BOE Tax Clearances

When a business that sells or leases goods at retail owes sales taxes to the California Board of Equalization (BOE), the buyer of the business can be responsible for paying the BOE the amount owing if the seller does not pay them.

The liability applies to any person who is a successor or assignee of someone who sells out his business or stock of goods or quits the business, not just a buyer. This post assumes that the purchaser is buying assets from someone selling his business or at least selling all his inventory.

Under the law, unless the seller produces a certificate from the BOE stating that no amount is due, the purchaser must withhold enough money to cover the amount owing by the seller. If the purchaser fails to do that, the purchaser will be personally liable to the BOE for paying the amount due from the seller. These obligations are imposed on the buyer by Revenue & Taxation Code sections 6811 and 6812.

The buyer’s liability is limited to the purchase price of the assets acquired. Thus, if a seller’s liability to the BOE is $100,000 and the business is sold in an arm’s-length transaction for $12,000, the buyer is only liable to the BOE for $12,000. But that’s $12,000 more than the buyer was expecting!

How to avoid this pitfall?  The purchaser can submit a written request to the BOE for a certificate of tax clearance. The purchaser of a business will be released from the obligation to withhold money from the purchase price if the purchaser obtains a certificate from the BOE stating that no taxes, interest, or penalties are due from the seller. This is customarily referred to as a tax clearance certificate.

The BOE has 60 days to issue a tax clearance certificate. The failure to issue a tax clearance certificate 60 days of the date the BOE receives the written request releases the buyer (assuming the sale has not already closed). Obviously, if a statement indicates that money is due the BOE, the buyer should make sure it is paid.

To avoid delay, the buyer (or escrow company) should request a tax clearance certificate as soon as possible.

If the business has more than one location and the purchaser is buying one or more locations (but not all), the purchaser should request a clearance for each location. If the business has more than one location and the purchaser is buying all the locations, only one clearance is needed.

Whether or not the BOE issues a tax clearance certificate, the seller remains liable for any amount due to the BOE.

There is no need for a tax clearance certificate if the buyer is buying stock of a corporation (or a membership interest in an LLC) because the underlying assets remain owned by the entity and are not transferred to the buyer. The entity remains liable for its obligations to the BOE.

For information about Franchise Tax Board Tax Clearance Certificates, see https://richardburtlaw.com/franchise-tax-board-tax-clearance-certificates/.

For information about Employment Development Department Tax Clearance Certificates, see https://richardburtlaw.com/edd-tax-clearances/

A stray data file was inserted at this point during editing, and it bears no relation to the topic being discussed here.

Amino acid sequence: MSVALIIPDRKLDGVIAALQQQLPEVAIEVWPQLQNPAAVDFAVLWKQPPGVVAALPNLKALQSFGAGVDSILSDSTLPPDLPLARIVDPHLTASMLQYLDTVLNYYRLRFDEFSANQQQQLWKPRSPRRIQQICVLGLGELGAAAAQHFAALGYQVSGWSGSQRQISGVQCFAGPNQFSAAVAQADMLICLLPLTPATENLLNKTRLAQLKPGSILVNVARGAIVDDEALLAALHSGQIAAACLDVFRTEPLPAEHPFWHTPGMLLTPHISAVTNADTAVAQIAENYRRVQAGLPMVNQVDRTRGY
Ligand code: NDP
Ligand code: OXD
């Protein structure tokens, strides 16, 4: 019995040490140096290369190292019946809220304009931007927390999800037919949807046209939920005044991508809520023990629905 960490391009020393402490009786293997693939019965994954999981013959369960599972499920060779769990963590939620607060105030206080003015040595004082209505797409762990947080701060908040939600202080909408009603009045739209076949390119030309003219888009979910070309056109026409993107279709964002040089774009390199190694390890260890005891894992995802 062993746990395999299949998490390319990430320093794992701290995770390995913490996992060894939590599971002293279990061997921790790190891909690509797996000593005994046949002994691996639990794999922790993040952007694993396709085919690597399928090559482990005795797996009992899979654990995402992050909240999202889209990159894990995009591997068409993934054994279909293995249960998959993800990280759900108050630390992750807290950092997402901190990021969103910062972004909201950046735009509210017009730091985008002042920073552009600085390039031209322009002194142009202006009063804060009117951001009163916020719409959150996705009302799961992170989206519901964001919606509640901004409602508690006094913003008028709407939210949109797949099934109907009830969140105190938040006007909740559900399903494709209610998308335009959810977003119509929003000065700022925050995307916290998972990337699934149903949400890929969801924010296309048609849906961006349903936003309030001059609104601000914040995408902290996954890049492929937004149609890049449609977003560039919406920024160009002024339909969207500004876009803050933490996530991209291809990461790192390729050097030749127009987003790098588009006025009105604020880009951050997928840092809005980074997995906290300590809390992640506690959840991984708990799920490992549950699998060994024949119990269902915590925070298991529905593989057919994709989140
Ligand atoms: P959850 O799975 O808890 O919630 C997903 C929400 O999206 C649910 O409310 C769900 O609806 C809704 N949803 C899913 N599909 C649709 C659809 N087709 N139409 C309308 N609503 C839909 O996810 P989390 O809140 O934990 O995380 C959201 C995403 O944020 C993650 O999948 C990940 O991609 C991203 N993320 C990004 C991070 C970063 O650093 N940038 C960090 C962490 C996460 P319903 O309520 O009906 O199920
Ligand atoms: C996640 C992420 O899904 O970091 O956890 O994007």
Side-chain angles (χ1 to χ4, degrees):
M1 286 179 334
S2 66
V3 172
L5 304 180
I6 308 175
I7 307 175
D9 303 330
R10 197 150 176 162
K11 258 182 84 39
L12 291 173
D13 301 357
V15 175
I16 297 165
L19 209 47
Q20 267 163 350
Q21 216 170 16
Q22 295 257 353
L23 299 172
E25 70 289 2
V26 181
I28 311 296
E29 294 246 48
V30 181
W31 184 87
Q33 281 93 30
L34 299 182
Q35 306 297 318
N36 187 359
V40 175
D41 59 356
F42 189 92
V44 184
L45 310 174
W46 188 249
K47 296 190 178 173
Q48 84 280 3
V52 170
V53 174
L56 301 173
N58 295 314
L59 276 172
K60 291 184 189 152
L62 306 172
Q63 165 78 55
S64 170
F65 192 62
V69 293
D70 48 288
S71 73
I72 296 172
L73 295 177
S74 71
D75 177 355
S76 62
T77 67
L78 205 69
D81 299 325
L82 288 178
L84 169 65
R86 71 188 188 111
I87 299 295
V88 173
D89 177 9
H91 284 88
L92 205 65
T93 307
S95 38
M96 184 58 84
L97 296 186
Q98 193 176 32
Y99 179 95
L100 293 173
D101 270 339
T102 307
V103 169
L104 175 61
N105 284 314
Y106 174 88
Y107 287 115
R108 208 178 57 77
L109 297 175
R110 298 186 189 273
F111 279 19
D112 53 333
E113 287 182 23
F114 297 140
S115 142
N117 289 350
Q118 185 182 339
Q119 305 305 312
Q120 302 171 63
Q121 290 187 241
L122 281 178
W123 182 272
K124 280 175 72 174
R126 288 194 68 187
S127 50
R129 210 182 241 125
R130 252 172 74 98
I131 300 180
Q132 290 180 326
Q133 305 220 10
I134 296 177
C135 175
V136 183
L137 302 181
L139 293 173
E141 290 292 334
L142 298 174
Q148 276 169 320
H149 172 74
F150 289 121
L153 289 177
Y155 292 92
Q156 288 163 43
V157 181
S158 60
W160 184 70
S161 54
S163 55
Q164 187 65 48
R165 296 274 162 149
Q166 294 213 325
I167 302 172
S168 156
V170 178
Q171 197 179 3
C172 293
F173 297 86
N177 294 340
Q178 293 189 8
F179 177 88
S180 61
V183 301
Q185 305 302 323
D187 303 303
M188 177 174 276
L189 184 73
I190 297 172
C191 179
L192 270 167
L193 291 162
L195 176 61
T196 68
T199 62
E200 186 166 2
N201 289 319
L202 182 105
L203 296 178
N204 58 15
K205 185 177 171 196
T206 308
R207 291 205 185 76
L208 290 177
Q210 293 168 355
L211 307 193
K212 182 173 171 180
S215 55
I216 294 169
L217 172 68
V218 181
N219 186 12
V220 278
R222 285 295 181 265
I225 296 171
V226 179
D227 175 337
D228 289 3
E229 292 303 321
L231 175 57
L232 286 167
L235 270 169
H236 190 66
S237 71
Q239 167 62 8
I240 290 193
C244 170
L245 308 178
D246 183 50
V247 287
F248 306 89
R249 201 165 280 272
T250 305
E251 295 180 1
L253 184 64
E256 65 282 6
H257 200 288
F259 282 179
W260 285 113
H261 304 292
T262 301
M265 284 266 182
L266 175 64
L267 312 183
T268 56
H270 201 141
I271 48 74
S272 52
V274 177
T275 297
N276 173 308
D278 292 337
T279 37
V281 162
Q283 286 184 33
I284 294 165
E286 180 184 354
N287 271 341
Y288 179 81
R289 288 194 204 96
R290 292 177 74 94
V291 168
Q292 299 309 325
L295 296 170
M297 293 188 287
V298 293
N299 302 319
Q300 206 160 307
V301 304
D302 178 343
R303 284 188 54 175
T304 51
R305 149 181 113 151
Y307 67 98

Posted in Bulk Sale, Buy-Sell Agreement, Mergers & Acquisitions, Purchase and Sale of a Business | Tagged , , , , | Comments Off on BOE Tax Clearances

EDD Tax Clearance Certificates

When a business is an employer that owes contributions, interest, or penalties to the California Employment Development Department (EDD), the buyer of the business can be responsible for paying the EDD the amount owing if the seller does not pay them.

By the way, the statute applies to any person who “acquires” the business (or substantially all the assets of an employer), not just a buyer. This post assumes that the seller is an employer and that the acquirer is a buyer of assets.

Under the law, unless the seller produces a certificate from the EDD stating that no contributions, interest, or penalties are due, the buyer must withhold in trust money sufficient to cover the amount of any contributions, interest, and penalties owing by the seller and pay the EDD that amount at the closing. If the buyer fails to do that, the buyer will be personally liable to the EDD for the payment of the contributions, interest, and penalties due from the seller. These obligations are imposed on the buyer by Unemployment Insurance Code sections 1731 and 1733.

The buyer’s liability is limited to the purchase price of the assets acquired. Thus, if a seller’s liability to the EDD is $100,000 and the business is sold in an arm’s-length transaction for $12,000, the buyer is only liable to the EDD for $12,000. But that’s $12,000 more than the buyer was expecting!

How to avoid this pitfall?  Either the buyer or the seller can submit a written request to the EDD for a Certificate of Release of Buyer (DE 2220). The request is made on Form DE 2220R (Release of Buyer Request Form). The certificate is customarily referred to as a “tax clearance certificate.”

The EDD has 30 days to issue a certificate stating that no contributions, interest, or penalties are due or a statement showing the amount of any contributions, interest, and penalties claimed to be due. The failure to issue such a certificate or statement within 30 days is legally equivalent to the issuance of a certificate stating that no contributions, interest, or penalties are due. Obviously, if a statement indicates that money is due the EDD, the buyer should make sure it is paid at closing.

To avoid delay, the buyer or the seller should request a tax clearance certificate as soon as possible after agreeing on the sale.

Whether or not the EDD issues a tax clearance certificate (or statement showing the amount due) within the 30-day period, the seller remains liable for any amount due to the EDD.

There is no need for a tax clearance certificate if the buyer is buying stock of a corporation (or a membership interest in an LLC) because the underlying assets remain owned by the entity and are not transferred to the buyer. The entity remains liable for its obligations to the EDD.